It was a terrible time for gay people, but one which at least ends on a note of hope, and not just because of the new therapies that have allowed people with HIV to live decades longer than they could have imagined in the 1980s. It was also a make-or-break make moment for the gay community, a time that could have destroyed the bonds that had grown up between gay people (allowing the political right to swoop in and crush gay liberation) but which actually saw people come together in a truly inspiring way.
We Were Here is both horrifying and stirring, scary and hopeful, with plenty of powerful testimony from those who were there on the frontlines of the AIDS crisis in San Francisco. The subject may sound depressing, but while some of it is definitely sobering, it is ultimately an inspiring tribute to the tens of thousands of gay men who died in the 80s (and of course while it’s not the subject of this documentary, many more who can’t afford combination therapy are dying now).
During some of my old man moments, I do despair at how little gay people know about the history of homosexuality. I’m not saying I’m the fount of all knowledge on everything gay (far from it), but it is a shame that if you said the words ‘Mattachine’, ‘Christopher Street’ or ‘Wolfenden Report’ in most British gay bars, you’d be met with a sea of blank stares. To be honest it’s not totally gay people’s fault, because history as taught in school doesn’t even hint that there’s a gay history to be ignorant of.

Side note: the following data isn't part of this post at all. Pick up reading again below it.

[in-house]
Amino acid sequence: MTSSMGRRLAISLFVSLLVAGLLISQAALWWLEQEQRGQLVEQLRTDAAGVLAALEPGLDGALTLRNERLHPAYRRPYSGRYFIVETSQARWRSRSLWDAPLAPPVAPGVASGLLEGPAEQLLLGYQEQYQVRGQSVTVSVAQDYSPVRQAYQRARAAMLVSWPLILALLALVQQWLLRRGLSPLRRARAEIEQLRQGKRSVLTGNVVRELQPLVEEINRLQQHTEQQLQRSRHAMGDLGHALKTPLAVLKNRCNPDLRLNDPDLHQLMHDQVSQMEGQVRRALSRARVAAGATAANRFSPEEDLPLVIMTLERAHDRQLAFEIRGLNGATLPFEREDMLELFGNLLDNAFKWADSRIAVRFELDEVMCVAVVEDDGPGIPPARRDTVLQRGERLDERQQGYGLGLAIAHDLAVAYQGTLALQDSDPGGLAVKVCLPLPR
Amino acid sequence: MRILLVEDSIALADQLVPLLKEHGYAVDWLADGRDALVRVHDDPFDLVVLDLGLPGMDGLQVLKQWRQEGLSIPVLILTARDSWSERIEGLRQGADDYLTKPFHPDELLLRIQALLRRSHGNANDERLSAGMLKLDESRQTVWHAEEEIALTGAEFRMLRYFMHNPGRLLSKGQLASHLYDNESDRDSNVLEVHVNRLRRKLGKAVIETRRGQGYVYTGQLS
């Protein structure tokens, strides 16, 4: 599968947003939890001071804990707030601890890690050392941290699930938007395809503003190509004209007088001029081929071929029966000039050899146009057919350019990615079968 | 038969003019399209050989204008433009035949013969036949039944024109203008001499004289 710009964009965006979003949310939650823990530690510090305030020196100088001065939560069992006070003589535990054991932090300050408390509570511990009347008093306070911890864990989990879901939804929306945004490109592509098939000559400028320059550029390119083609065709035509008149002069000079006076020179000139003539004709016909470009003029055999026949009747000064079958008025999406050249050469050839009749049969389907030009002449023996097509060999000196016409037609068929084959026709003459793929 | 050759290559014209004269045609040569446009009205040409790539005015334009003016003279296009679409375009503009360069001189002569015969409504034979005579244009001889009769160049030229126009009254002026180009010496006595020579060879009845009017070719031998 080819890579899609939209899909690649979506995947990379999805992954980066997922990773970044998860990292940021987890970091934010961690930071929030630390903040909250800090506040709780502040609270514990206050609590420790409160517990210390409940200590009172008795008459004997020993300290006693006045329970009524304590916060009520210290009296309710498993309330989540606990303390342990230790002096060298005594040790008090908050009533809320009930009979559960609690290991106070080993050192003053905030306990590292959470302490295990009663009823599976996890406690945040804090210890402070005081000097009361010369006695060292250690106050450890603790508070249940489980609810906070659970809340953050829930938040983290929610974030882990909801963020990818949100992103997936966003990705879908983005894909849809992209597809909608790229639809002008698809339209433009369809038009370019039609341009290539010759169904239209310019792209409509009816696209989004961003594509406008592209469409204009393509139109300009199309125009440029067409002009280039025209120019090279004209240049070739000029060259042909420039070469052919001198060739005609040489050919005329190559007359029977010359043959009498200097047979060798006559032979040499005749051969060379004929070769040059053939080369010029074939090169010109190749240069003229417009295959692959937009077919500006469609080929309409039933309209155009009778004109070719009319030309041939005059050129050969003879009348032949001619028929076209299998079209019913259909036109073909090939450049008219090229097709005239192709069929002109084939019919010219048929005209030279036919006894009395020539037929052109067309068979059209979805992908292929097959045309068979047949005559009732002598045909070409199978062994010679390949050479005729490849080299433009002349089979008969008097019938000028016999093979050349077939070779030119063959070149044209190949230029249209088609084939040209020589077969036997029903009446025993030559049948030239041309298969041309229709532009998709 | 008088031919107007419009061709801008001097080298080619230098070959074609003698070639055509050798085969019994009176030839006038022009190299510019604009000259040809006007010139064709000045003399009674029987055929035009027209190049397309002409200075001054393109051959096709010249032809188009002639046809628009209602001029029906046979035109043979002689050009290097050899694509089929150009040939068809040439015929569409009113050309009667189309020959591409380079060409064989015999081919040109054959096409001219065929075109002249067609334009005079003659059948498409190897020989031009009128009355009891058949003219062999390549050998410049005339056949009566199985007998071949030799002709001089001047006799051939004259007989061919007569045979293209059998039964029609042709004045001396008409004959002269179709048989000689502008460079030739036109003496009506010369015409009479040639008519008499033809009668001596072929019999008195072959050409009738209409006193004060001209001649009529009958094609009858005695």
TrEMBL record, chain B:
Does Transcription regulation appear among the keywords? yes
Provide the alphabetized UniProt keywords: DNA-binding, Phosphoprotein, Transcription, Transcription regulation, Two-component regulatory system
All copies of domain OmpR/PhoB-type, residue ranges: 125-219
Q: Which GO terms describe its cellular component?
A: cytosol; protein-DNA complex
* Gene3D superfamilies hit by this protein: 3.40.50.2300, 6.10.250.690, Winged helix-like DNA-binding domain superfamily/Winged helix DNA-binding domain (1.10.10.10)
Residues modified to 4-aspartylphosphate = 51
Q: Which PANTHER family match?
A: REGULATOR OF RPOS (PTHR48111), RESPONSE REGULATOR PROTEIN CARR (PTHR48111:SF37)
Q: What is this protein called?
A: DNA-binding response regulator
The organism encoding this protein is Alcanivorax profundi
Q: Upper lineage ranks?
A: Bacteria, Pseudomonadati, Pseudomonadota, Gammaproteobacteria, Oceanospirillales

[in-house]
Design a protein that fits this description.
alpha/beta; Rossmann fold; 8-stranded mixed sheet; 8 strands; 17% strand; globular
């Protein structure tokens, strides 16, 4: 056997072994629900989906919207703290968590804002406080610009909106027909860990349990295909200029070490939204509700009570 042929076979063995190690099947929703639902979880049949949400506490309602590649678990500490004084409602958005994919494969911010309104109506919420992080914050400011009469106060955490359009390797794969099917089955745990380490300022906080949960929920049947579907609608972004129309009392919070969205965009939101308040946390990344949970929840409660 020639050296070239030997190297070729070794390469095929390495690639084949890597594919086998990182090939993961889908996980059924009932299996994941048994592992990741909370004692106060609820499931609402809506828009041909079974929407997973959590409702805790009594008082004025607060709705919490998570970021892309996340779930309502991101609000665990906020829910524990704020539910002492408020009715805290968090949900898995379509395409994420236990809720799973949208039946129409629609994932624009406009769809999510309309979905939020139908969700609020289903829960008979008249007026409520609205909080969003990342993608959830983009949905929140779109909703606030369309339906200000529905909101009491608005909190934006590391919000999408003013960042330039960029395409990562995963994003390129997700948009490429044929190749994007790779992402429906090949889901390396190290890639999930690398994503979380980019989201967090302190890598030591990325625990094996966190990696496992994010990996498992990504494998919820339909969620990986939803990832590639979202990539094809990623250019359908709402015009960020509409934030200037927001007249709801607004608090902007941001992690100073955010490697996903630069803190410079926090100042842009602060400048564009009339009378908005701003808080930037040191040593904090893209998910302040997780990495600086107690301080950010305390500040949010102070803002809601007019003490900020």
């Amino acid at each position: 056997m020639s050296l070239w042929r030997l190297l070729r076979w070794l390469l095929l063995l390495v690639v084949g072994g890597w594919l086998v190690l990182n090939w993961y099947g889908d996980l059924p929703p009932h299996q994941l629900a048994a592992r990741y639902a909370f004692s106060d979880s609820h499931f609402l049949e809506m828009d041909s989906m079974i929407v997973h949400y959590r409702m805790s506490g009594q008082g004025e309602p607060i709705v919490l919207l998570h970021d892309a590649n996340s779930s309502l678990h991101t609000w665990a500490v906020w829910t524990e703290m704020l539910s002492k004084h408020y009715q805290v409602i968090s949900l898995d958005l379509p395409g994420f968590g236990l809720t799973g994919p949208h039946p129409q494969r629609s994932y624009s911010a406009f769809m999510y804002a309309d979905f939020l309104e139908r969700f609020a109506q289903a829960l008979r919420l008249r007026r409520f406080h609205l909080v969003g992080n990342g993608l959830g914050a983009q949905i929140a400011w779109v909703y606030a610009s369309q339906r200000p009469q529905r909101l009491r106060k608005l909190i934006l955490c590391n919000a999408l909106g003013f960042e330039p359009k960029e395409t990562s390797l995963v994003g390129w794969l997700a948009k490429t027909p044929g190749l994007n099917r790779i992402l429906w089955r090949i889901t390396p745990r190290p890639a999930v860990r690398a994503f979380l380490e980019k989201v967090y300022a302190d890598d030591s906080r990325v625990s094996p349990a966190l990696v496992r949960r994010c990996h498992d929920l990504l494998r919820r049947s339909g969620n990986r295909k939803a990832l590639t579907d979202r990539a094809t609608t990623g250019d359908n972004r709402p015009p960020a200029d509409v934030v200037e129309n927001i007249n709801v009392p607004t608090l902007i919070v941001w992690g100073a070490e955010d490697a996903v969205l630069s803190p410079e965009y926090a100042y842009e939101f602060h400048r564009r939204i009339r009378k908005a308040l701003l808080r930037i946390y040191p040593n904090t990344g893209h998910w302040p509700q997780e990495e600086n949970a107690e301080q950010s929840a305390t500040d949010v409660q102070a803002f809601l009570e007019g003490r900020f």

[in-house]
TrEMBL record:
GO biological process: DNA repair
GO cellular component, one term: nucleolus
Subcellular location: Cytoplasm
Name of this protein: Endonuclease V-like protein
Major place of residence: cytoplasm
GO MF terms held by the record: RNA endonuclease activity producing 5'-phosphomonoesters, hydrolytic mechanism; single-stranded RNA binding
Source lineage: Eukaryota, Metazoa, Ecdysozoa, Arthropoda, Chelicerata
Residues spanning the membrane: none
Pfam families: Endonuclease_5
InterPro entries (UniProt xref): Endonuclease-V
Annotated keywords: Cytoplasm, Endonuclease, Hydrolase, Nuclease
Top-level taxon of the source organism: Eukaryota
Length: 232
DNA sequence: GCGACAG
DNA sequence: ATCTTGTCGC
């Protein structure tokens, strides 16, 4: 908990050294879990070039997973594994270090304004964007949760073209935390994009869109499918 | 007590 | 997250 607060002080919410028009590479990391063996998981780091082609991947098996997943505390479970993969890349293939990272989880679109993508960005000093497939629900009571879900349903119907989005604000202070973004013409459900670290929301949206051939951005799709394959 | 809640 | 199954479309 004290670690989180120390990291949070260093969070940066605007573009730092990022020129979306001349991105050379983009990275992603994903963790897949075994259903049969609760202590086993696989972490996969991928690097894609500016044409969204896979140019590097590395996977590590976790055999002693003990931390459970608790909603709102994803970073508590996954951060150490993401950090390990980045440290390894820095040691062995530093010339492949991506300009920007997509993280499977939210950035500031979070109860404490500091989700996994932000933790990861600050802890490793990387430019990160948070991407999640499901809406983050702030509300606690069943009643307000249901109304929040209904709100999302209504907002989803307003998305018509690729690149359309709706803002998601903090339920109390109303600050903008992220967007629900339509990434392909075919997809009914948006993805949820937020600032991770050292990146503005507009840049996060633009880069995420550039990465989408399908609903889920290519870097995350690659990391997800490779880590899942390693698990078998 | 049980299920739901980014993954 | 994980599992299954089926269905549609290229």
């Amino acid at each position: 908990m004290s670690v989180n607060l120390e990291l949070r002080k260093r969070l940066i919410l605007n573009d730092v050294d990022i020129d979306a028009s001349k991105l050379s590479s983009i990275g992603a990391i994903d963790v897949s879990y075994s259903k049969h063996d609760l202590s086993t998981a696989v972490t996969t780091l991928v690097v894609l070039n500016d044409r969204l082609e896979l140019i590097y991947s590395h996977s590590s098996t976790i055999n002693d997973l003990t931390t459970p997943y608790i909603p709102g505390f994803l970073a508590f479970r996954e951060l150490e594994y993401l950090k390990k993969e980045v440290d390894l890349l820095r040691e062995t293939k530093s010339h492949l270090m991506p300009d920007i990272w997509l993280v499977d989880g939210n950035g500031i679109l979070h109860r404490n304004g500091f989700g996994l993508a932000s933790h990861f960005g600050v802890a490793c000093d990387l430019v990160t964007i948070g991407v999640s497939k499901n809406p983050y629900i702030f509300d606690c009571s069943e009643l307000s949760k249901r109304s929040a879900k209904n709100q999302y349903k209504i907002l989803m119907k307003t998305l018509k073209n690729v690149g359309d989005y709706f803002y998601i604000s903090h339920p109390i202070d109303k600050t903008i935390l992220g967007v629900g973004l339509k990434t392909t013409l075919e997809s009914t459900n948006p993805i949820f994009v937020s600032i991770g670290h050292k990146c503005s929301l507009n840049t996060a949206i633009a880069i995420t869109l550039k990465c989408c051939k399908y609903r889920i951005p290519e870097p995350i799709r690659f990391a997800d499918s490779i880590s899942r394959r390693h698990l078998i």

Even so, it does surprise me more people aren’t curious about how we got to this point, particularly because things such as the legalisation of homosexuality and the AIDS crisis are relatively recent and with issues like gay marriage, it’s a history that’s still very much alive. However most people seem satisfied that the whole of gay history consisted of Ancient Greeks, a big gap until Oscar Wilde, and then perhaps Stonewall – and that’s about it. However there’s a lot more to it than that, which is worth knowing about as it explains so much about gay culture as it exists now. It was after all the 1980s AIDS crisis that has informed attitudes to safe sex, changed the course of the gay movement and caused many other shifts that effect gay people today, whether they realise it or not.
We Were Here works is a powerful reminder of a defining moment in gay history. It’s more timely than ever as HIV infections are rising, partly because many younger people simply can’t remember when AIDS was a truly terrifying thing and they perhaps need to realise that while treatments have changed, it’s still something it’s worth doing everything you can to protect yourself from.
Overall Verdict: At times shocking and yet also incredibly moving, We Were Here is a frontlines account of the AIDS crisis that makes fascinating viewing. And for many it will be a sobering reminder that if they’d been born just a few years earlier, things could have been very different for them.
Reviewer: Tim Isaac